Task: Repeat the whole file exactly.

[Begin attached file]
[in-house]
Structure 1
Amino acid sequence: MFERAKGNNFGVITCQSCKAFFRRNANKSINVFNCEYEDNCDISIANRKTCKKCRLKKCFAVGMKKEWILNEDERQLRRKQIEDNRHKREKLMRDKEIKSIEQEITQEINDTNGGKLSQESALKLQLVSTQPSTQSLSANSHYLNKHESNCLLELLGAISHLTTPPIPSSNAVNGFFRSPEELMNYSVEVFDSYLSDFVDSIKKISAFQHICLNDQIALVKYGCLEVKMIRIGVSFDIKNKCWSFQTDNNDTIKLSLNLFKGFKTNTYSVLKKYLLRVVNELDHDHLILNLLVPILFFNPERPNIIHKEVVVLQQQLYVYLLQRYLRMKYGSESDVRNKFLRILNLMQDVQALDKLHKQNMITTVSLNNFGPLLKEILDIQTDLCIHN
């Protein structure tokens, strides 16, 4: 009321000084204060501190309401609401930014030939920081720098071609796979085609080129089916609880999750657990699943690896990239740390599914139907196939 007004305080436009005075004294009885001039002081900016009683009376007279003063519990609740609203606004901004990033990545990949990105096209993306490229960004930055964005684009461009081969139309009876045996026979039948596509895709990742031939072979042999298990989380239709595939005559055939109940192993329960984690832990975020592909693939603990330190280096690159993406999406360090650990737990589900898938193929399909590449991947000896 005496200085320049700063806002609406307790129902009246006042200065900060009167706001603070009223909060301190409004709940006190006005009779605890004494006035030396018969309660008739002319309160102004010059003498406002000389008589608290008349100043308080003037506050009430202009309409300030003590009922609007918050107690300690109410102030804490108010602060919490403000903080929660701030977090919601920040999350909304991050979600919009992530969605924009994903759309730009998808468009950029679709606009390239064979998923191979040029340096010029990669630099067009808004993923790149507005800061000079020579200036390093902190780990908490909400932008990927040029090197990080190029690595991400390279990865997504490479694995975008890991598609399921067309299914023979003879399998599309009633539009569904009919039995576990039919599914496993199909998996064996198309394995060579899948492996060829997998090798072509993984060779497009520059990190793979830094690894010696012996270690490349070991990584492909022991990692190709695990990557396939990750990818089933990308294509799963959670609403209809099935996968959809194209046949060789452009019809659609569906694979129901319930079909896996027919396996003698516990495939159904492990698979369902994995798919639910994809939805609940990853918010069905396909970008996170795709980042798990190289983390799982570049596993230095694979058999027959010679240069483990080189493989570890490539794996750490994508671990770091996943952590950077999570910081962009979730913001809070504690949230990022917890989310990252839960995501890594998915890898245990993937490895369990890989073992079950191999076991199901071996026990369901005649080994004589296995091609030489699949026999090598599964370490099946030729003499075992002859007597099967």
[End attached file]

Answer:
[in-house]
Structure 1
Amino acid sequence: MFERAKGNNFGVITCQSCKAFFRRNANKSINVFNCEYEDNCDISIANRKTCKKCRLKKCFAVGMKKEWILNEDERQLRRKQIEDNRHKREKLMRDKEIKSIEQEITQEINDTNGGKLSQESALKLQLVSTQPSTQSLSANSHYLNKHESNCLLELLGAISHLTTPPIPSSNAVNGFFRSPEELMNYSVEVFDSYLSDFVDSIKKISAFQHICLNDQIALVKYGCLEVKMIRIGVSFDIKNKCWSFQTDNNDTIKLSLNLFKGFKTNTYSVLKKYLLRVVNELDHDHLILNLLVPILFFNPERPNIIHKEVVVLQQQLYVYLLQRYLRMKYGSESDVRNKFLRILNLMQDVQALDKLHKQNMITTVSLNNFGPLLKEILDIQTDLCIHN
């Protein structure tokens, strides 16, 4: 009321000084204060501190309401609401930014030939920081720098071609796979085609080129089916609880999750657990699943690896990239740390599914139907196939 007004305080436009005075004294009885001039002081900016009683009376007279003063519990609740609203606004901004990033990545990949990105096209993306490229960004930055964005684009461009081969139309009876045996026979039948596509895709990742031939072979042999298990989380239709595939005559055939109940192993329960984690832990975020592909693939603990330190280096690159993406999406360090650990737990589900898938193929399909590449991947000896 005496200085320049700063806002609406307790129902009246006042200065900060009167706001603070009223909060301190409004709940006190006005009779605890004494006035030396018969309660008739002319309160102004010059003498406002000389008589608290008349100043308080003037506050009430202009309409300030003590009922609007918050107690300690109410102030804490108010602060919490403000903080929660701030977090919601920040999350909304991050979600919009992530969605924009994903759309730009998808468009950029679709606009390239064979998923191979040029340096010029990669630099067009808004993923790149507005800061000079020579200036390093902190780990908490909400932008990927040029090197990080190029690595991400390279990865997504490479694995975008890991598609399921067309299914023979003879399998599309009633539009569904009919039995576990039919599914496993199909998996064996198309394995060579899948492996060829997998090798072509993984060779497009520059990190793979830094690894010696012996270690490349070991990584492909022991990692190709695990990557396939990750990818089933990308294509799963959670609403209809099935996968959809194209046949060789452009019809659609569906694979129901319930079909896996027919396996003698516990495939159904492990698979369902994995798919639910994809939805609940990853918010069905396909970008996170795709980042798990190289983390799982570049596993230095694979058999027959010679240069483990080189493989570890490539794996750490994508671990770091996943952590950077999570910081962009979730913001809070504690949230990022917890989310990252839960995501890594998915890898245990993937490895369990890989073992079950191999076991199901071996026990369901005649080994004589296995091609030489699949026999090598599964370490099946030729003499075992002859007597099967």